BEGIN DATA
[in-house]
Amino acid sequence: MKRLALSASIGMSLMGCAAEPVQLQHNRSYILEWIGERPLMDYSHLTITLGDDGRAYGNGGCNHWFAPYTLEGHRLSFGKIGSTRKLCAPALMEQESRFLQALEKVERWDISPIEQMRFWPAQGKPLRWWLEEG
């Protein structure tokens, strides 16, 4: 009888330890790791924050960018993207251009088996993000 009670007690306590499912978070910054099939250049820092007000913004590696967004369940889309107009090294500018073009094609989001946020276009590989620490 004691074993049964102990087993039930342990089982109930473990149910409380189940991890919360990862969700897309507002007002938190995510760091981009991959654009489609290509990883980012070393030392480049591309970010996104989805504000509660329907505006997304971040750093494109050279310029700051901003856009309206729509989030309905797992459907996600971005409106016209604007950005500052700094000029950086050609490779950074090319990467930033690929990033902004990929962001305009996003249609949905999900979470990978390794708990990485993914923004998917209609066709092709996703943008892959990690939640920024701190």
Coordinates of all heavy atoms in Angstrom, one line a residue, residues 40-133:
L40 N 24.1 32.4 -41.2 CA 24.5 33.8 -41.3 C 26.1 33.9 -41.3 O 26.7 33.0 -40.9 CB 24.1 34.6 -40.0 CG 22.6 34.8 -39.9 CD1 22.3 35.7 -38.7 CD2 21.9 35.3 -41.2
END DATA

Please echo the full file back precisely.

[in-house]
Amino acid sequence: MKRLALSASIGMSLMGCAAEPVQLQHNRSYILEWIGERPLMDYSHLTITLGDDGRAYGNGGCNHWFAPYTLEGHRLSFGKIGSTRKLCAPALMEQESRFLQALEKVERWDISPIEQMRFWPAQGKPLRWWLEEG
């Protein structure tokens, strides 16, 4: 009888330890790791924050960018993207251009088996993000 009670007690306590499912978070910054099939250049820092007000913004590696967004369940889309107009090294500018073009094609989001946020276009590989620490 004691074993049964102990087993039930342990089982109930473990149910409380189940991890919360990862969700897309507002007002938190995510760091981009991959654009489609290509990883980012070393030392480049591309970010996104989805504000509660329907505006997304971040750093494109050279310029700051901003856009309206729509989030309905797992459907996600971005409106016209604007950005500052700094000029950086050609490779950074090319990467930033690929990033902004990929962001305009996003249609949905999900979470990978390794708990990485993914923004998917209609066709092709996703943008892959990690939640920024701190």
Coordinates of all heavy atoms in Angstrom, one line a residue, residues 40-133:
L40 N 24.1 32.4 -41.2 CA 24.5 33.8 -41.3 C 26.1 33.9 -41.3 O 26.7 33.0 -40.9 CB 24.1 34.6 -40.0 CG 22.6 34.8 -39.9 CD1 22.3 35.7 -38.7 CD2 21.9 35.3 -41.2